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How to Offer your Sympathies Following a Bereavement
When attending the funeral of someone we know, the thought of going up to express our condolences to the friends and relatives of the deceased can often fill us with apprehension – it’s not exactly the kind of experience we go through every day. However, with the right approach it can actually be a very inwardly rewarding experience. Here are a few pointers:When attending the funeral of someone we know, the thought of going up to express our condolences to the friends and relatives of the deceased can often fill us with apprehension – it’s not exactly the kind of experience we go through every day. However, with the right approach it can actually be a very inwardly rewarding experience. Here are a few pointers:
- The words “I’m sorry for your loss” can sound like such a cliché if not said with meaning. Remember that when you do express your condolences, it will not be the words that matter, but the expression and concern on your face.
- It doesn’t particularly matter if you never thought well the deceased during his or her lifetime – you can try to mentally “bury the hatchet” and remember any good qualities the person might have had. If that doesn’t work, try instead to empathise with what the dear ones of the deceased must be going through, and let your words stem from that instead.
- Draw on any experiences of loss which you might have had yourself – it will help you empathise with and appreciate what the dear ones of the departed are going through.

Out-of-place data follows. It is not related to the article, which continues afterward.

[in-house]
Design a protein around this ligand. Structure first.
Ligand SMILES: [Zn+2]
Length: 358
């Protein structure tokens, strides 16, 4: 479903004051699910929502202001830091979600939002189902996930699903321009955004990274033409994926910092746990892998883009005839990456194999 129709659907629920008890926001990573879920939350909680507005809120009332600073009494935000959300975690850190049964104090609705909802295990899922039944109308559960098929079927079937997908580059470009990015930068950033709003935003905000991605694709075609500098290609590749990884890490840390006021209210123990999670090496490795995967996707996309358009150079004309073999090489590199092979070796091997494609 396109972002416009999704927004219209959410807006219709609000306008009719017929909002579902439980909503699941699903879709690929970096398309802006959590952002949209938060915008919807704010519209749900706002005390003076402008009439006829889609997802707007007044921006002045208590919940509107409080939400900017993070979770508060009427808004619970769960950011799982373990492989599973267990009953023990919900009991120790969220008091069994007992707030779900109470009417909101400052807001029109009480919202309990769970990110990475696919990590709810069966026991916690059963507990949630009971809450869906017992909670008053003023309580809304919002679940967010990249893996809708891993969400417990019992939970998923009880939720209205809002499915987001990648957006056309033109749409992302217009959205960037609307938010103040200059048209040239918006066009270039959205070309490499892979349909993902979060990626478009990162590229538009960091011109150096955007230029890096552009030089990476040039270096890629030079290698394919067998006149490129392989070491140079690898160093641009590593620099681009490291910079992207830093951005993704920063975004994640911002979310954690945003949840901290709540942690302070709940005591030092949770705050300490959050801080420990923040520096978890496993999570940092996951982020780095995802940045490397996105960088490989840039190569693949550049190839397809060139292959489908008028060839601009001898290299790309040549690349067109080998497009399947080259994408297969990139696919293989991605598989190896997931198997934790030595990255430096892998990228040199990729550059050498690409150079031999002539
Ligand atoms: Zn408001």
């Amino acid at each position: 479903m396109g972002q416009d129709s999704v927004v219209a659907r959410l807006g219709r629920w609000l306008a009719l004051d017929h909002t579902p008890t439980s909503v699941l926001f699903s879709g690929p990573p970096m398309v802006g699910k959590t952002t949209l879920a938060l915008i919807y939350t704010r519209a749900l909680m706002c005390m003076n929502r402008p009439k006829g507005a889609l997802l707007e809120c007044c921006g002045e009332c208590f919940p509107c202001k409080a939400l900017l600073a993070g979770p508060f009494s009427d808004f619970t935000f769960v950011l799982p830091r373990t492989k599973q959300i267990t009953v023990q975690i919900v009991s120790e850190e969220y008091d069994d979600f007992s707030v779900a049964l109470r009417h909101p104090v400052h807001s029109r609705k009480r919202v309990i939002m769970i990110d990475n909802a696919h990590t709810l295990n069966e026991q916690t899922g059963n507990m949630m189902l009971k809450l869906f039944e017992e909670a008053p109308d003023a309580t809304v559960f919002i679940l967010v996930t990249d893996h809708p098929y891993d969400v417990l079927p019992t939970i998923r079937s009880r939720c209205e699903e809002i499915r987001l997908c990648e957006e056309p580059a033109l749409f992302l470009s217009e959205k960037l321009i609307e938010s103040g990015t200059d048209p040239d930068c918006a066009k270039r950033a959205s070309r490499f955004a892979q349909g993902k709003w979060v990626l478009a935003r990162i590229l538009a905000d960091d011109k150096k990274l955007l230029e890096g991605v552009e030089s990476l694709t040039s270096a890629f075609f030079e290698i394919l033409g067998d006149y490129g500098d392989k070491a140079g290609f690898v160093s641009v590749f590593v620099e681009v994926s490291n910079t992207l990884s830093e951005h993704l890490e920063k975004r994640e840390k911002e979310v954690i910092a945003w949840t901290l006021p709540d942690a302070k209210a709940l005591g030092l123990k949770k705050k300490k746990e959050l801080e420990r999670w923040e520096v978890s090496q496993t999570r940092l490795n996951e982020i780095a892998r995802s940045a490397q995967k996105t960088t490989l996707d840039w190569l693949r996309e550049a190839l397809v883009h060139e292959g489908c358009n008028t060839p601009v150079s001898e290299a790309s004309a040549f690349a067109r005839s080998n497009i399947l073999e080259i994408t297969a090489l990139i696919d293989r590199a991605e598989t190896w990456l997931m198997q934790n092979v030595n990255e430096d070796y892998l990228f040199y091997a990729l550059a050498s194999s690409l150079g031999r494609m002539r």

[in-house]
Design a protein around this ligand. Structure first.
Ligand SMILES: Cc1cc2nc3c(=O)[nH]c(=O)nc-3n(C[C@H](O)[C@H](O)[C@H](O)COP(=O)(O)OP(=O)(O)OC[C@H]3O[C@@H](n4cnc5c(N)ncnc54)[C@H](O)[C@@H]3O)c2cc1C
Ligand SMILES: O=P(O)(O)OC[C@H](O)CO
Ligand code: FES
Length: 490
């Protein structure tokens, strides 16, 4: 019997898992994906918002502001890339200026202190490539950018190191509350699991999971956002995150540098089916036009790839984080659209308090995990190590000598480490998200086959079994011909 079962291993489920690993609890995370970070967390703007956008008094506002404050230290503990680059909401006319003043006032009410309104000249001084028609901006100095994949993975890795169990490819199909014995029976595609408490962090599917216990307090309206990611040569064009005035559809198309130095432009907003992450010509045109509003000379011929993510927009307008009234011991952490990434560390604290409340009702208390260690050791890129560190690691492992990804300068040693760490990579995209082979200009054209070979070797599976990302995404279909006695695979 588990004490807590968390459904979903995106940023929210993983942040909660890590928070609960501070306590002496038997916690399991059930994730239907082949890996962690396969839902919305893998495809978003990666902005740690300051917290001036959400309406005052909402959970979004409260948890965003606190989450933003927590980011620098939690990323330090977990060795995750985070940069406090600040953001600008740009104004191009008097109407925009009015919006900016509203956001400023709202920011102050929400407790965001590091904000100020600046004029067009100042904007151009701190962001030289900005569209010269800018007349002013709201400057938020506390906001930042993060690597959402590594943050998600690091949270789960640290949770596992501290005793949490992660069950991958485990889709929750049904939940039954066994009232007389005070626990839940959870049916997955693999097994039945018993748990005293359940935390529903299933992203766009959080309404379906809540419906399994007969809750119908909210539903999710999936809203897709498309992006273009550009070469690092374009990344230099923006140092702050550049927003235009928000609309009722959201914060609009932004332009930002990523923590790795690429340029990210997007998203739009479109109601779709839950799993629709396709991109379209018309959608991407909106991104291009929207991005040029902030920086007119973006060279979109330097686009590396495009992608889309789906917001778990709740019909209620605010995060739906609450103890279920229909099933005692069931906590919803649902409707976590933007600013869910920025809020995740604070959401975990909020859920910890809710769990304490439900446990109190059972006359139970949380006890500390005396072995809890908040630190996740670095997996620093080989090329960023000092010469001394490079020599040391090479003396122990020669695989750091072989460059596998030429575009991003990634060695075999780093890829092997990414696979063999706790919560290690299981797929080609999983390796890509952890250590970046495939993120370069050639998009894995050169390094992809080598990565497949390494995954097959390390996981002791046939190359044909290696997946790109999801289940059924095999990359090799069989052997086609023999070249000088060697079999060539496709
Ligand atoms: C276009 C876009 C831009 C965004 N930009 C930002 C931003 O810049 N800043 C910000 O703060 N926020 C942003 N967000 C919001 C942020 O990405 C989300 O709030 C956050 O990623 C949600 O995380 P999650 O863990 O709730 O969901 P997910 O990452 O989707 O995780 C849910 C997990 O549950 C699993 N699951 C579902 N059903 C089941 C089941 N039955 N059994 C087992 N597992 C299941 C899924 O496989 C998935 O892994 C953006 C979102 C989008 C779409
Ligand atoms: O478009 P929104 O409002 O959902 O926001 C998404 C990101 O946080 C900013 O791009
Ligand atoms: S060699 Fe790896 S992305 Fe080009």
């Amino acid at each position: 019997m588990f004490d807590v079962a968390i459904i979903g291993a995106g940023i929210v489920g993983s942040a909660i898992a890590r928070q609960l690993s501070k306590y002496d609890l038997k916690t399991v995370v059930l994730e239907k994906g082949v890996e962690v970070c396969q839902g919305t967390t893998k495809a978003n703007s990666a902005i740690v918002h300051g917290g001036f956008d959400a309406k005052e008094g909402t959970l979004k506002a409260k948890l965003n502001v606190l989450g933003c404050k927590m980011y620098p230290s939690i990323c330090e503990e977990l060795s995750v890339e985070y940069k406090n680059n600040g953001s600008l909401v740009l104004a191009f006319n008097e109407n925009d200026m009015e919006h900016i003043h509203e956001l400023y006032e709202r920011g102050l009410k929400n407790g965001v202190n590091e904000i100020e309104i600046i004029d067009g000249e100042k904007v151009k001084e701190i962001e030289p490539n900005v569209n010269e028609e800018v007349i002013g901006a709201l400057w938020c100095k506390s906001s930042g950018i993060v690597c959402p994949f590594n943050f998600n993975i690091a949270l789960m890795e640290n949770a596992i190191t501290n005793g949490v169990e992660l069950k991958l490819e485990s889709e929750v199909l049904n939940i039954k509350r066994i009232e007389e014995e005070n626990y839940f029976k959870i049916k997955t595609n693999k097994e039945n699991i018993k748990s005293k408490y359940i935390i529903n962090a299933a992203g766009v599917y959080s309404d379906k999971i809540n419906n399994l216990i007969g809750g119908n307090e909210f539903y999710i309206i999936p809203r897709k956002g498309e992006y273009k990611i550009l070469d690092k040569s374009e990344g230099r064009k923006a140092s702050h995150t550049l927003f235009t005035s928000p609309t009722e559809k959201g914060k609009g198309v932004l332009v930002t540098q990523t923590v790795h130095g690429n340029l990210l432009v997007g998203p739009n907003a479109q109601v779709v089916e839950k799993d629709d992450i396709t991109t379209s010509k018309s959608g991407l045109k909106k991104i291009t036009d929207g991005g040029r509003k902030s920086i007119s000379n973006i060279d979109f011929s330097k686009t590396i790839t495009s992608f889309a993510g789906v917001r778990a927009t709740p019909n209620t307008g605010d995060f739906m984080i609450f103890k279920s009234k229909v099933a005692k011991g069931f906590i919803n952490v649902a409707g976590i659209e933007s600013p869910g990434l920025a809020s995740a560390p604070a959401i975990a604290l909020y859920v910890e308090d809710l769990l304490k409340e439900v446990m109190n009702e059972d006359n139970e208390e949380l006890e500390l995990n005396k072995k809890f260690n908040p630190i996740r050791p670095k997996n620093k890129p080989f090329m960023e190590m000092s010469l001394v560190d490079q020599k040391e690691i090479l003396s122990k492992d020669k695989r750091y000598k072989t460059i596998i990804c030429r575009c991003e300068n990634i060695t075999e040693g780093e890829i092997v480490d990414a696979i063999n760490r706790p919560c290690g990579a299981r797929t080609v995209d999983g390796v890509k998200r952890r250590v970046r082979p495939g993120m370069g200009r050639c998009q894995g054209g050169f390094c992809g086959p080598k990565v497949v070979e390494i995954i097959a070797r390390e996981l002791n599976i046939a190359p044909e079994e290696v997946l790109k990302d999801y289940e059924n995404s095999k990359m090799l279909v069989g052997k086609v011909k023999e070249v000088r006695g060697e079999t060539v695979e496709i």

- Remember you won’t be an imposition. We always somehow seem to think that the dear ones of the deceased will be so wrapped up in their grief that any human contact will just be painful. This will be certainly true in some cases (and it will be very easy to see which) but on the whole, those who are grieving will be very happy to see people have showed up to give them support in their hour of suffering. Try to feel your presence there as a source of strength for the mourners to draw on.
- It helps enormously if you can talk about the fond memories you have of the deceased and the good qualities they had. Everyone who attends has different recollections which reveal a facet of the person’s character, and they all add up to give a sense of who that person was – it helps people to feel that in a way the spirit of the person is still there.
- Some people are better writers than they are talkers – a heartfelt message (or a poem, perhaps) left inside a card may just be picked up an read a month or a year later, and offer powerful consolation when it is most needed.
- Most importantly – act from the heart. Funerals are a time when the best in human beings really comes to the fore – our feelings of kindness, empathy and concern which are often obscured in daily life. Try not to analyse too much what to say. If you can focus instead on staying in the heart then this better part of your nature will come forward and feel the right thing to say.
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